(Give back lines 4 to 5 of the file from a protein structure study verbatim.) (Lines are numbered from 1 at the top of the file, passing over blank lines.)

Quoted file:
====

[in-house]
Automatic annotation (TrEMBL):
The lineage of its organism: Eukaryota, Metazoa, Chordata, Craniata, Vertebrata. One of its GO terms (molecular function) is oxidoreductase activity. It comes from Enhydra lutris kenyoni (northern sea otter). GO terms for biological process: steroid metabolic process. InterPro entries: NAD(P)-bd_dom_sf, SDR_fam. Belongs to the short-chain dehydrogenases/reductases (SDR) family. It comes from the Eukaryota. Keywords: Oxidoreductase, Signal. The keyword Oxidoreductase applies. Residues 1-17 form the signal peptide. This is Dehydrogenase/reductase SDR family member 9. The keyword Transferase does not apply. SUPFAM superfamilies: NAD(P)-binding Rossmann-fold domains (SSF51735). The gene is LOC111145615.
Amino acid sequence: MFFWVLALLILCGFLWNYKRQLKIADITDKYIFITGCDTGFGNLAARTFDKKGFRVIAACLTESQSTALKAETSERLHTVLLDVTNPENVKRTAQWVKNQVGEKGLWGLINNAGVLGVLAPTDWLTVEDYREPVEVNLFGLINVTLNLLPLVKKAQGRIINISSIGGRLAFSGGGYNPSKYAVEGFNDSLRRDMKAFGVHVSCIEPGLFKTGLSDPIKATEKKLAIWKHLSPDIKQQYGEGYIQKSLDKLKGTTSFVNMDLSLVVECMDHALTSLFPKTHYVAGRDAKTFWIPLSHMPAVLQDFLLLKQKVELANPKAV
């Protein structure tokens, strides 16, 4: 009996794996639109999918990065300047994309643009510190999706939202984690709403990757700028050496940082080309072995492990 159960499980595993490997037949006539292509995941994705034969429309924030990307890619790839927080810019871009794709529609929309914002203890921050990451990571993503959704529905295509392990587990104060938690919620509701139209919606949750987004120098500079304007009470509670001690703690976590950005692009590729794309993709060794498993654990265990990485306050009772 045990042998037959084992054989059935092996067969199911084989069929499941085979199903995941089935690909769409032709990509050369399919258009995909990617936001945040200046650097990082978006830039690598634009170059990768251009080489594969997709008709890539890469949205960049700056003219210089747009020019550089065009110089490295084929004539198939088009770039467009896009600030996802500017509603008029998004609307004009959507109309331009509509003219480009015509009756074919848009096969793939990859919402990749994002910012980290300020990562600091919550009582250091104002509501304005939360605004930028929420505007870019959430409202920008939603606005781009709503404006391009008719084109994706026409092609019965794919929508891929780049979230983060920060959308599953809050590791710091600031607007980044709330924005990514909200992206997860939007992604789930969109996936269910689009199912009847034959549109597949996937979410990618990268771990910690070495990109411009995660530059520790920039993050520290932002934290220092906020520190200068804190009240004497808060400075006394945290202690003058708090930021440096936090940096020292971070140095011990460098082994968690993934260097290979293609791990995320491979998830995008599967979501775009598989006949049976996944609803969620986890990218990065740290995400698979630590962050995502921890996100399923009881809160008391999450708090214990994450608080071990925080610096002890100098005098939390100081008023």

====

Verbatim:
Amino acid sequence: MFFWVLALLILCGFLWNYKRQLKIADITDKYIFITGCDTGFGNLAARTFDKKGFRVIAACLTESQSTALKAETSERLHTVLLDVTNPENVKRTAQWVKNQVGEKGLWGLINNAGVLGVLAPTDWLTVEDYREPVEVNLFGLINVTLNLLPLVKKAQGRIINISSIGGRLAFSGGGYNPSKYAVEGFNDSLRRDMKAFGVHVSCIEPGLFKTGLSDPIKATEKKLAIWKHLSPDIKQQYGEGYIQKSLDKLKGTTSFVNMDLSLVVECMDHALTSLFPKTHYVAGRDAKTFWIPLSHMPAVLQDFLLLKQKVELANPKAV
């Protein structure tokens, strides 16, 4: 009996794996639109999918990065300047994309643009510190999706939202984690709403990757700028050496940082080309072995492990 159960499980595993490997037949006539292509995941994705034969429309924030990307890619790839927080810019871009794709529609929309914002203890921050990451990571993503959704529905295509392990587990104060938690919620509701139209919606949750987004120098500079304007009470509670001690703690976590950005692009590729794309993709060794498993654990265990990485306050009772 045990042998037959084992054989059935092996067969199911084989069929499941085979199903995941089935690909769409032709990509050369399919258009995909990617936001945040200046650097990082978006830039690598634009170059990768251009080489594969997709008709890539890469949205960049700056003219210089747009020019550089065009110089490295084929004539198939088009770039467009896009600030996802500017509603008029998004609307004009959507109309331009509509003219480009015509009756074919848009096969793939990859919402990749994002910012980290300020990562600091919550009582250091104002509501304005939360605004930028929420505007870019959430409202920008939603606005781009709503404006391009008719084109994706026409092609019965794919929508891929780049979230983060920060959308599953809050590791710091600031607007980044709330924005990514909200992206997860939007992604789930969109996936269910689009199912009847034959549109597949996937979410990618990268771990910690070495990109411009995660530059520790920039993050520290932002934290220092906020520190200068804190009240004497808060400075006394945290202690003058708090930021440096936090940096020292971070140095011990460098082994968690993934260097290979293609791990995320491979998830995008599967979501775009598989006949049976996944609803969620986890990218990065740290995400698979630590962050995502921890996100399923009881809160008391999450708090214990994450608080071990925080610096002890100098005098939390100081008023």